Hitting depths of pollution

The floor of the Pacific Ocean in Stillwater Cove near California's Pebble Beach Golf Links, which is hosting the US Open this week, is littered with golf balls.

The balls easily find their way into the water as the course sits directly on the Pacific Ocean.

The environmental problem was first identified three years ago by Ms Alex Weber, 19, while she was diving in California. She discovered something she had never seen before - a white sea floor.

"It was just blanketed in this mess of golf balls," she told Reuters.

Ms Weber connected with a researcher at Stanford University, and they went on to publish the first paper about golf ball marine pollution, which got the attention of the officials at the course.

The balls are bad for the environment because they break down into smaller shards of plastic, which are eaten by marine life.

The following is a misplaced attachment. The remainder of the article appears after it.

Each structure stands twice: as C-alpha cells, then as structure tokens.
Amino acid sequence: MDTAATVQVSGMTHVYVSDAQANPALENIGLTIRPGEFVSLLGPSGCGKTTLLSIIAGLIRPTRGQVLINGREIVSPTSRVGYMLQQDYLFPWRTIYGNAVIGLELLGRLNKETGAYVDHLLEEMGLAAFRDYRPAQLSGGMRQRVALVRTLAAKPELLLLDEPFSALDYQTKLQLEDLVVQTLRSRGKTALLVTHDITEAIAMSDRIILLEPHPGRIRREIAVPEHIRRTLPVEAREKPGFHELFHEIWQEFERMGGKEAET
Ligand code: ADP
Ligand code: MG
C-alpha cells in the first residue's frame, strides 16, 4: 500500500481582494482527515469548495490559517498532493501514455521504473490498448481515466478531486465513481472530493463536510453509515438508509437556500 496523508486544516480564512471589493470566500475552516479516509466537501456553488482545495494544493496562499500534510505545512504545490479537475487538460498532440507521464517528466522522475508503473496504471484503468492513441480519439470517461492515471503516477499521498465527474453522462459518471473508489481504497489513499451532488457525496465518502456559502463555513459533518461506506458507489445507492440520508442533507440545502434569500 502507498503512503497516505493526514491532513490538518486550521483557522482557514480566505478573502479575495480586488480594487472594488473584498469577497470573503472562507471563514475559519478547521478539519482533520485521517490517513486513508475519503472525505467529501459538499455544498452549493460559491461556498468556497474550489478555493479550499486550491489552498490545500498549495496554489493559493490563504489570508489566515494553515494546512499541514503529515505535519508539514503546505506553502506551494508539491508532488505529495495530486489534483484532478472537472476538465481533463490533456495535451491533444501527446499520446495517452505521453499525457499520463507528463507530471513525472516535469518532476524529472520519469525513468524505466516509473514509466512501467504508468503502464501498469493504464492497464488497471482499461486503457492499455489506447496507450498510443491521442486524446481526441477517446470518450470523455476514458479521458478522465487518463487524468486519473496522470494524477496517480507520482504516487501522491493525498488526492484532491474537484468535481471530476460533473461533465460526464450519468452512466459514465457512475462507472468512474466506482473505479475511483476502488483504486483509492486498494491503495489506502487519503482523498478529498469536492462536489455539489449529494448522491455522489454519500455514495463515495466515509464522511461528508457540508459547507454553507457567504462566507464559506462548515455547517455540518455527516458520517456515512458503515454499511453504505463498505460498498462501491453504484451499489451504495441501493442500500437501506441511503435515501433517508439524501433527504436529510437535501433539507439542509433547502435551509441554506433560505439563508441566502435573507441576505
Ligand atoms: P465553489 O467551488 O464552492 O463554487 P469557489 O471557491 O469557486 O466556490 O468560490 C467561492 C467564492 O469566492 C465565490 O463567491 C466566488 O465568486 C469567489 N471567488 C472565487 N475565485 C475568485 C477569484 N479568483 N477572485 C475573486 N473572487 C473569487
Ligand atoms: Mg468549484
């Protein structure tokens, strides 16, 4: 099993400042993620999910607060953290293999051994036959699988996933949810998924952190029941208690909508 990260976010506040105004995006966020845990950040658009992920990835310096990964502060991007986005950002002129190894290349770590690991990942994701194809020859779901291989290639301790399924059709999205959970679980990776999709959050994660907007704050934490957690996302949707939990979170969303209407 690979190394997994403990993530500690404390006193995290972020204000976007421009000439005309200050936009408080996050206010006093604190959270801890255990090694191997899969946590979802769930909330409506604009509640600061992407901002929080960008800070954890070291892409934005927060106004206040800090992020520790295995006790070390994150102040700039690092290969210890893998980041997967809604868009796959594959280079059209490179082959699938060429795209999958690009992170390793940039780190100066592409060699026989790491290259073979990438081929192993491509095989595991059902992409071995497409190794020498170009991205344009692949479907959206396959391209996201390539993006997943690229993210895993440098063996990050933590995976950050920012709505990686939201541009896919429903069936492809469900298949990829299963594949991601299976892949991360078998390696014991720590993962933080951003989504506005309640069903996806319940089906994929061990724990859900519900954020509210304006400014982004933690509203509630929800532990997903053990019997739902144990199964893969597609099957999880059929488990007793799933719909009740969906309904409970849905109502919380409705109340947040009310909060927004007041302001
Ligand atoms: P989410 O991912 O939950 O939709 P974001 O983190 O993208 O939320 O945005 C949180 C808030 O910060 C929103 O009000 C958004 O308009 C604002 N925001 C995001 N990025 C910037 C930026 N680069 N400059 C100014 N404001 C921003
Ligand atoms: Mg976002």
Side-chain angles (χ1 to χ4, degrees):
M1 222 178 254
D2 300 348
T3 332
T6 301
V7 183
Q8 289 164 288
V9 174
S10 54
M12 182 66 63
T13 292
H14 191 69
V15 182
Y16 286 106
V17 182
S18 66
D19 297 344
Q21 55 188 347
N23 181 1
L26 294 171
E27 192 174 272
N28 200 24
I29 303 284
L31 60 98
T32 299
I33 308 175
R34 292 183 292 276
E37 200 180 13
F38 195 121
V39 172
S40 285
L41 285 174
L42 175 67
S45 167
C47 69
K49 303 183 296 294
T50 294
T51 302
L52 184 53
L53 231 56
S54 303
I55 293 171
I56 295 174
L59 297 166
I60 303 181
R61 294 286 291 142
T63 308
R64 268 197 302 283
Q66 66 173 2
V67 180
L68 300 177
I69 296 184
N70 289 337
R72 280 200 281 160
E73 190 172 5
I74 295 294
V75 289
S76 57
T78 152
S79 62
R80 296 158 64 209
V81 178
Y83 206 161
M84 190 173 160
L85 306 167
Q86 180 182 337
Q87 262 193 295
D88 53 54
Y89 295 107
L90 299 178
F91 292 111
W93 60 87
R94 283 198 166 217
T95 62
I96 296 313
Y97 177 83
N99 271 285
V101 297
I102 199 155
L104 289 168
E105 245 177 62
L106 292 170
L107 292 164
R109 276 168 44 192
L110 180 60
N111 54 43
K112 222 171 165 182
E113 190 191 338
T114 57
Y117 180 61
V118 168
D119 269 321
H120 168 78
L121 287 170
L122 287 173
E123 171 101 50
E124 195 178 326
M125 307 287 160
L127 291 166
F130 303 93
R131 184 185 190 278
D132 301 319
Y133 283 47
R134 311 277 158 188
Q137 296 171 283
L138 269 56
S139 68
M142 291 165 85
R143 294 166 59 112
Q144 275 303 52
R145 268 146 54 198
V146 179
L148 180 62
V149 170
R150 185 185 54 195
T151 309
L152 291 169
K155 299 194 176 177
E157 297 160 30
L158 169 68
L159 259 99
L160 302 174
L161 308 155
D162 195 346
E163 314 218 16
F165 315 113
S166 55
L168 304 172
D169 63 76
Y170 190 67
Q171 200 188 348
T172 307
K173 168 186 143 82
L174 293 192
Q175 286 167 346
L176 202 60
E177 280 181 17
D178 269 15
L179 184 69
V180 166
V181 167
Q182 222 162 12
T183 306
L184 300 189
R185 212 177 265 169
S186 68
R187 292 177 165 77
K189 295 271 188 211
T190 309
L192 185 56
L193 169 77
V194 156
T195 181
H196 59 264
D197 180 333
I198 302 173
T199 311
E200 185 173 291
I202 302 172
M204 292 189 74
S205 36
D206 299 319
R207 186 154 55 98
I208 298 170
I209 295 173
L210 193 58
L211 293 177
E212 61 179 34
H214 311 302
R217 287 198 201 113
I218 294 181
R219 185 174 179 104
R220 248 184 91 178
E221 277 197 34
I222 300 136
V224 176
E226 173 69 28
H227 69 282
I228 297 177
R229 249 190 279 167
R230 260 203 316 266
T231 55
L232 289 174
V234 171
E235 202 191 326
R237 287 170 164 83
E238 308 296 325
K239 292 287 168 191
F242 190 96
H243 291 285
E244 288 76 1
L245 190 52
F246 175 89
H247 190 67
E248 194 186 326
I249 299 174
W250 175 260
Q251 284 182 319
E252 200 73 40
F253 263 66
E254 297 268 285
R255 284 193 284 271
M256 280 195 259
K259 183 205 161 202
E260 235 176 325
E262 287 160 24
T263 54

"They contribute to the microplastics problem, getting into the food chain and ultimately into us," she said.

In February, the Pebble Beach Company agreed to conduct around 200 underwater cleanups every year for five years, or until a "dramatic shift" is seen in the underwater environment.

The company is also posting signs to alert players to not hit into the water, and sending divers to help collect any errant balls.

"We had no idea what it would become when this started," said Ms Weber. "It is all coming together."

A version of this article appeared in the print edition of The Straits Times on June 14, 2019, with the headline 'Hitting depths of pollution'. Print Edition | Subscribe